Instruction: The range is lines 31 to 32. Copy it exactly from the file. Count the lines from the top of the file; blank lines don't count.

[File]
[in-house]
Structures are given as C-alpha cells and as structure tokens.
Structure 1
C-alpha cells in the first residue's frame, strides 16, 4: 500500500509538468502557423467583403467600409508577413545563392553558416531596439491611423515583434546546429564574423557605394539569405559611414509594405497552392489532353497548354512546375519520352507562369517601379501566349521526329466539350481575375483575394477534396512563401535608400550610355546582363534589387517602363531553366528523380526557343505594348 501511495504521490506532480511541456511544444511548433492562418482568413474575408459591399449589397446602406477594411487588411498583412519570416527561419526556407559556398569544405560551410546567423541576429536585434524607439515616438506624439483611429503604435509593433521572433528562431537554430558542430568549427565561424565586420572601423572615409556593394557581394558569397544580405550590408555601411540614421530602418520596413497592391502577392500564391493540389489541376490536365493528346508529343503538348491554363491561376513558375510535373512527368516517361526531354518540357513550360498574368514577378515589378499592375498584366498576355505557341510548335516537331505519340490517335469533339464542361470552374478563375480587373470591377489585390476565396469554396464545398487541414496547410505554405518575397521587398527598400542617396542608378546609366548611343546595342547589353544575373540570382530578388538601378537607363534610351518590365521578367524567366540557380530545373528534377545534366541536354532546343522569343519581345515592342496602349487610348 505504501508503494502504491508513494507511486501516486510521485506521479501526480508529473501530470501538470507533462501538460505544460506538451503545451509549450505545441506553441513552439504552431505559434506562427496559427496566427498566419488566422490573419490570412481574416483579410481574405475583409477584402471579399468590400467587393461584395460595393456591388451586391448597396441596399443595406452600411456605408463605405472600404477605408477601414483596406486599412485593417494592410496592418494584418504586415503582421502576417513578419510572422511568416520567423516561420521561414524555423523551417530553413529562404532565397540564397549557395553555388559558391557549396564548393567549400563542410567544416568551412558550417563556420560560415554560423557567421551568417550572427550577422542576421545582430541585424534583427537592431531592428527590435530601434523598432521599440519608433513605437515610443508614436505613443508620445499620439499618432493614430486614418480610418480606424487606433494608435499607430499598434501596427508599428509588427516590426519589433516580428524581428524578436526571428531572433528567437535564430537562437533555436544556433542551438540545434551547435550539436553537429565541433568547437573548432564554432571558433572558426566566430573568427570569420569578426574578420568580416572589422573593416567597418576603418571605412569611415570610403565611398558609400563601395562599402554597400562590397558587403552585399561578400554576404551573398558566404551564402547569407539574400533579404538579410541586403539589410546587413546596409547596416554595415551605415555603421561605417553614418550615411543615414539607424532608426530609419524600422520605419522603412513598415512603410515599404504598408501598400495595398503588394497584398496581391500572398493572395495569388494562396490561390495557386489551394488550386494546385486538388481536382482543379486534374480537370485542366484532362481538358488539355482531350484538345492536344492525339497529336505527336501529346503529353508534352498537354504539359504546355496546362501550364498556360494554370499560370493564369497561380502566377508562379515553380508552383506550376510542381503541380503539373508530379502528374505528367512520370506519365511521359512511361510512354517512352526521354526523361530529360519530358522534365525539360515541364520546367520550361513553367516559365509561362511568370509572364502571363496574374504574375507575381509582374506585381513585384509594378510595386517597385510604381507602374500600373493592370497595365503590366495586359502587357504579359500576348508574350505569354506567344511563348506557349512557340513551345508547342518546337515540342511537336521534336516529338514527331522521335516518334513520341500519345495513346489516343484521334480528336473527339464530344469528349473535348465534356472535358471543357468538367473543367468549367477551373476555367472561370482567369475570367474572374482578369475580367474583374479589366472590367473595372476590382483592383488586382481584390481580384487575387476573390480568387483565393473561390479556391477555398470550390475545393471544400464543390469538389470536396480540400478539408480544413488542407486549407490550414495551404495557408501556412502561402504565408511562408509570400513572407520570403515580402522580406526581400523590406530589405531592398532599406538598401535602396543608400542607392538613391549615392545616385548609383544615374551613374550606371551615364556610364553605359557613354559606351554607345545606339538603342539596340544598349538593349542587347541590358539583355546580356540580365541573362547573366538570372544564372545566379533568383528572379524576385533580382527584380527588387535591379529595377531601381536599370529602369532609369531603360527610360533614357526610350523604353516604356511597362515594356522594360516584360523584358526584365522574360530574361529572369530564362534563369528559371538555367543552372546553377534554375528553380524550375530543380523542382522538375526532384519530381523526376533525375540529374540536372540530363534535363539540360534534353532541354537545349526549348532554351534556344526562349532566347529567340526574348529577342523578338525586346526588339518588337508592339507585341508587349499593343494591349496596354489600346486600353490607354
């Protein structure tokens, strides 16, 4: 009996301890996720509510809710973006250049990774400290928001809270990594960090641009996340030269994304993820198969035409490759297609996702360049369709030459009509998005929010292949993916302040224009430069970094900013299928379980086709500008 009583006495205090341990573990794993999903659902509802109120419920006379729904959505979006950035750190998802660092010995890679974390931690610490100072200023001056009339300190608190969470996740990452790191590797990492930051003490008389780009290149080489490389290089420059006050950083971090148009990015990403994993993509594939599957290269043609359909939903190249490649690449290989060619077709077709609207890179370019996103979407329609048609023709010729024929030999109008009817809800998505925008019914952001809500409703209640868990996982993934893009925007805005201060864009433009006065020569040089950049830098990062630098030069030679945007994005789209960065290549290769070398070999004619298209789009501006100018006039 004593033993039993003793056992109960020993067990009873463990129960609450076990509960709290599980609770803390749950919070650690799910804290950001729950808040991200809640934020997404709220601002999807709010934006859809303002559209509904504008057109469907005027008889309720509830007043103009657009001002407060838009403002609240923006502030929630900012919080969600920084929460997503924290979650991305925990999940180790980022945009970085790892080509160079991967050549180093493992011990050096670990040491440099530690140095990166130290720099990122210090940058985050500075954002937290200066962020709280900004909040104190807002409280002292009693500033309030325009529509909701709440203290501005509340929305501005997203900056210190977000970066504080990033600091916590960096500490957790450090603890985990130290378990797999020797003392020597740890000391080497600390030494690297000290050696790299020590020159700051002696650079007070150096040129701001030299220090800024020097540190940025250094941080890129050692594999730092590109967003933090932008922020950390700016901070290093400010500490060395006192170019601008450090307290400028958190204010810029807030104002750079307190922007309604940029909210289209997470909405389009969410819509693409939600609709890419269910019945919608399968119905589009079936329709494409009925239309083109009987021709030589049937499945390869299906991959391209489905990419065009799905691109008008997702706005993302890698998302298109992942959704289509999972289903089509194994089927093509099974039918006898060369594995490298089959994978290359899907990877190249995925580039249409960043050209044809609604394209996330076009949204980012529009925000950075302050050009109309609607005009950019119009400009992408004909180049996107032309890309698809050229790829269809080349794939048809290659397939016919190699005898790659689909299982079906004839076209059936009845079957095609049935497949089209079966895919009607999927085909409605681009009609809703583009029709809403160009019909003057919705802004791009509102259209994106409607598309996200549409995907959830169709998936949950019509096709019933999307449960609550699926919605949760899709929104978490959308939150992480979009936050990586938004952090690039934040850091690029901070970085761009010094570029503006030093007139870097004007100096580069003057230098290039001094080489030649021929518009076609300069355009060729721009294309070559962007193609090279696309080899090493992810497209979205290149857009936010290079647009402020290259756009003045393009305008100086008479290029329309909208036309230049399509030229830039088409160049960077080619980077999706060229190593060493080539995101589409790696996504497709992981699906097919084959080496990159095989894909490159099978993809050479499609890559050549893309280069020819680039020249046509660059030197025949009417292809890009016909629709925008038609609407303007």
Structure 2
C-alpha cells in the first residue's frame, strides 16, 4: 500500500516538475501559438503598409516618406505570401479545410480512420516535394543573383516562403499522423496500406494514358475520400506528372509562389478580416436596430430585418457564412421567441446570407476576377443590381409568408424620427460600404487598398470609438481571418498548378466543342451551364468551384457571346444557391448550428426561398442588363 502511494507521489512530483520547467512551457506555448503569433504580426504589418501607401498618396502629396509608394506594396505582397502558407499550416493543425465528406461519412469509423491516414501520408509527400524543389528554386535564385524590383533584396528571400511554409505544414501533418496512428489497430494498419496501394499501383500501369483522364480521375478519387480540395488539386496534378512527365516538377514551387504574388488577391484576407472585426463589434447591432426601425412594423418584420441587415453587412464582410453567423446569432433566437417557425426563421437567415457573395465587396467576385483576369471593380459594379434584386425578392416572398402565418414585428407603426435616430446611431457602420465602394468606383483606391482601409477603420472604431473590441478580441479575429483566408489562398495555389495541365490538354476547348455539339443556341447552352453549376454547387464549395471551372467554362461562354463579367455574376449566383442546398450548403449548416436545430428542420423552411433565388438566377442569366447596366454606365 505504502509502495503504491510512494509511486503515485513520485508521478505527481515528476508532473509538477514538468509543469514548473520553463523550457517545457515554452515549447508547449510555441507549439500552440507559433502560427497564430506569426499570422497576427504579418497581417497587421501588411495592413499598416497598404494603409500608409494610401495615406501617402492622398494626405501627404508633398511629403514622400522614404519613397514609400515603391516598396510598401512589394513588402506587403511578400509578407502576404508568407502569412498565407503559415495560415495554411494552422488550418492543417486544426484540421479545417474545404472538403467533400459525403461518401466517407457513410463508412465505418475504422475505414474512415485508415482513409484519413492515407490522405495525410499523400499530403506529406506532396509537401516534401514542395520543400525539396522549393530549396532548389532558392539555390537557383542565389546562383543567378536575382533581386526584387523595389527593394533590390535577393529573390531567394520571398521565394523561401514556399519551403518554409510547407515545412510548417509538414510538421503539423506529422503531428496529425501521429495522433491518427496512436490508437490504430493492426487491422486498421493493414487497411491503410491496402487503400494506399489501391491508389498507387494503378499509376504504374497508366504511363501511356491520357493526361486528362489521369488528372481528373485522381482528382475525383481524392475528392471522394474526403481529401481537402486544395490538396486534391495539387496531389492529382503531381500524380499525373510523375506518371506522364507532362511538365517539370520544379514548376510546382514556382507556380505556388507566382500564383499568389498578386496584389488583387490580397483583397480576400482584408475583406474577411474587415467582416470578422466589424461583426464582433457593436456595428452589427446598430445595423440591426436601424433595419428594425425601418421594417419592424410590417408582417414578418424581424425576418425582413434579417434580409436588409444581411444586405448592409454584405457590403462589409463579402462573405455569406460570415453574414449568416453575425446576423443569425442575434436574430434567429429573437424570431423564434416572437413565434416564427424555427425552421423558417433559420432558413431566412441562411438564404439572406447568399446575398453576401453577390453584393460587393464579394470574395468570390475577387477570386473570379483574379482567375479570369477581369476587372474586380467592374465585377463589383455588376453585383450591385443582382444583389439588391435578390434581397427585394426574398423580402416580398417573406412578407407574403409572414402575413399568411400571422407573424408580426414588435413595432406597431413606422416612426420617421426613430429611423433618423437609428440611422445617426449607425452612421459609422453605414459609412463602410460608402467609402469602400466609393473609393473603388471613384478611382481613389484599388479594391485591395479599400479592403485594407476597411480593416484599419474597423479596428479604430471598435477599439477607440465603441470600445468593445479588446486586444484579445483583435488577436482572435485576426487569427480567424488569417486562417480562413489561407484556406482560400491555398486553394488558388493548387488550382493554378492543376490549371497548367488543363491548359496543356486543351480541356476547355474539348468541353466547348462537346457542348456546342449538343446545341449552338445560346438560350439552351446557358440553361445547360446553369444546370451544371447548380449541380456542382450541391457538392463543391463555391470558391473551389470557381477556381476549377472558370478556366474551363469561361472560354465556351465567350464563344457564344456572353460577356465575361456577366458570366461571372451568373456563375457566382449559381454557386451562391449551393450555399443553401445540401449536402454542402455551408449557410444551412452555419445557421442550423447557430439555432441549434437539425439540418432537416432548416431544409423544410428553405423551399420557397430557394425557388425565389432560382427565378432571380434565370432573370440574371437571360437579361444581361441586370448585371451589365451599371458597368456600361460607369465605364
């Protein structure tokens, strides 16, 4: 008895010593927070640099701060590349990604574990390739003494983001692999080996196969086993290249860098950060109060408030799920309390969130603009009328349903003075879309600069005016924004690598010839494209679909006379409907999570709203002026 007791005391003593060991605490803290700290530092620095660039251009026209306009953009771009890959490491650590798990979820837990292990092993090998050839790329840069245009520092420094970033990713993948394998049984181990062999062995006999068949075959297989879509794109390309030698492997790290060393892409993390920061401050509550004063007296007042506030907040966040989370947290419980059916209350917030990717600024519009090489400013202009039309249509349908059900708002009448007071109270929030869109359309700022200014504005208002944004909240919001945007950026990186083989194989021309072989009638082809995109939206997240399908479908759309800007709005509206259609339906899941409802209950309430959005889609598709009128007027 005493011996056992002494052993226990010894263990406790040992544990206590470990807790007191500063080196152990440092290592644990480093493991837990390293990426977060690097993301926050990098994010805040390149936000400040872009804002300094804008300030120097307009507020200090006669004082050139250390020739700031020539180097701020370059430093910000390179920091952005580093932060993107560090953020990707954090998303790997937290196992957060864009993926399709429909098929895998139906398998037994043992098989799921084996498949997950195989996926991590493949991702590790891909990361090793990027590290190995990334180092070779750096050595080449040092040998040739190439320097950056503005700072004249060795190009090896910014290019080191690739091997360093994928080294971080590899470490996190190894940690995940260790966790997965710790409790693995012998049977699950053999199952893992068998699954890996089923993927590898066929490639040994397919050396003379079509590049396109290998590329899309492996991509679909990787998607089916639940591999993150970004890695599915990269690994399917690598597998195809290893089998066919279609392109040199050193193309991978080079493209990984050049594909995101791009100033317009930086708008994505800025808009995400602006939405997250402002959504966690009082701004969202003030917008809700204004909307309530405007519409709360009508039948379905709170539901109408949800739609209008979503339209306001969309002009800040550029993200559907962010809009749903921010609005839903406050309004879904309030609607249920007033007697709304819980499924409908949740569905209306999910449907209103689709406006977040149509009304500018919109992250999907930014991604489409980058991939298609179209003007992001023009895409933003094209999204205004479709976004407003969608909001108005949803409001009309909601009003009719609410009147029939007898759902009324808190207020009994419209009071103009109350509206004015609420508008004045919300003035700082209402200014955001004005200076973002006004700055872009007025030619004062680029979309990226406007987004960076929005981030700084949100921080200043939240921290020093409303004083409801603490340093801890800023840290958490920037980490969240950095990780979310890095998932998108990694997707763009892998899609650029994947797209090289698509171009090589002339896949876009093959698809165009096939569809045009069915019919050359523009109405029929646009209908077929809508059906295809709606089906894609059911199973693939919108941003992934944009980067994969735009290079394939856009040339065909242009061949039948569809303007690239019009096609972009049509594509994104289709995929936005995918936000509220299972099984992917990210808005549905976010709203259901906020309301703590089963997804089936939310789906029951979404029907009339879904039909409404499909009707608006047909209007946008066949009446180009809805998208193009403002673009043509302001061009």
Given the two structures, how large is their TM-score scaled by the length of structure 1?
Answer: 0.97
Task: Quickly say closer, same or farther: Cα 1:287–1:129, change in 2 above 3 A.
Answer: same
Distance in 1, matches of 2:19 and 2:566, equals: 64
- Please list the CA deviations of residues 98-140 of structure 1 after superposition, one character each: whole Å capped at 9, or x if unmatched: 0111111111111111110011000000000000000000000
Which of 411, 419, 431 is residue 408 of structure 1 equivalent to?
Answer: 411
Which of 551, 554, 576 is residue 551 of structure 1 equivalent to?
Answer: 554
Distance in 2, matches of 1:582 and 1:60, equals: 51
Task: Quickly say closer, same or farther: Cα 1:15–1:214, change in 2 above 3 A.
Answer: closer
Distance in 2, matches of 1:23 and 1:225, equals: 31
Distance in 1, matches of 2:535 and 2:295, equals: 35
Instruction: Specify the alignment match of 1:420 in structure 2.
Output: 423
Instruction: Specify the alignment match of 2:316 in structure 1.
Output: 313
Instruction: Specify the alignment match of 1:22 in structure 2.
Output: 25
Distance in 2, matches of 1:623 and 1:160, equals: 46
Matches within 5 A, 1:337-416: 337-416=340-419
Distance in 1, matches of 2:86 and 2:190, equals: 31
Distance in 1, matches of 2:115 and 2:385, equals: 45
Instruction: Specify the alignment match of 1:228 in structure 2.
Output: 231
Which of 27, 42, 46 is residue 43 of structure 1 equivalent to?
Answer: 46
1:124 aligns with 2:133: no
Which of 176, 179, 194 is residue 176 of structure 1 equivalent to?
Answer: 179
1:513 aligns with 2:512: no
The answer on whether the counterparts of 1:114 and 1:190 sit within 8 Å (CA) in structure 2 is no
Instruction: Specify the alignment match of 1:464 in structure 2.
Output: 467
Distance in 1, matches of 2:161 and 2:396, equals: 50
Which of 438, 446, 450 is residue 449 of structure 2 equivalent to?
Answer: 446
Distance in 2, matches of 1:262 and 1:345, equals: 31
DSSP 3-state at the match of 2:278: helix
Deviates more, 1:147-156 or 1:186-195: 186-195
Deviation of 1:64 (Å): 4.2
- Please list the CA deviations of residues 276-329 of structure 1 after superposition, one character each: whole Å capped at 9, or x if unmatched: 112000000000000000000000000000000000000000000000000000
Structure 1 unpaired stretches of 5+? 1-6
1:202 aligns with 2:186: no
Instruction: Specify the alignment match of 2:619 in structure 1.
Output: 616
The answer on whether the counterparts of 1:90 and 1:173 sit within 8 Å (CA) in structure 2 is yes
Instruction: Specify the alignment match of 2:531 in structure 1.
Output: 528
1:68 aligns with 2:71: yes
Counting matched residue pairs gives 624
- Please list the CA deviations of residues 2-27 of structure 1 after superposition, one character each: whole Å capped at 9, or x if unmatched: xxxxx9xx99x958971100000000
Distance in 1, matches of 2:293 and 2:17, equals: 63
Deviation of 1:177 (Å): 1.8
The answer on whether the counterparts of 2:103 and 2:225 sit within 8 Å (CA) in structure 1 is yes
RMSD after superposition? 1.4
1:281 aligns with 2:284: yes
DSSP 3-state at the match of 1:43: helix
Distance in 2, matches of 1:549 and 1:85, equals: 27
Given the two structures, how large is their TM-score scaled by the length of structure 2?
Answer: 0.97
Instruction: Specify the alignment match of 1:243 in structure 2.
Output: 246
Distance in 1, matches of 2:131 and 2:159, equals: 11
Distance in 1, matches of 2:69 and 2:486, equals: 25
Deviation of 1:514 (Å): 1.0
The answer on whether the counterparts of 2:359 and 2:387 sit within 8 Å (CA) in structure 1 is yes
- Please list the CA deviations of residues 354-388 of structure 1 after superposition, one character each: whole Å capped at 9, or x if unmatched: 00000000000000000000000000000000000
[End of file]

Matches within 5 A, 1:337-416: 337-416=340-419
Distance in 1, matches of 2:86 and 2:190, equals: 31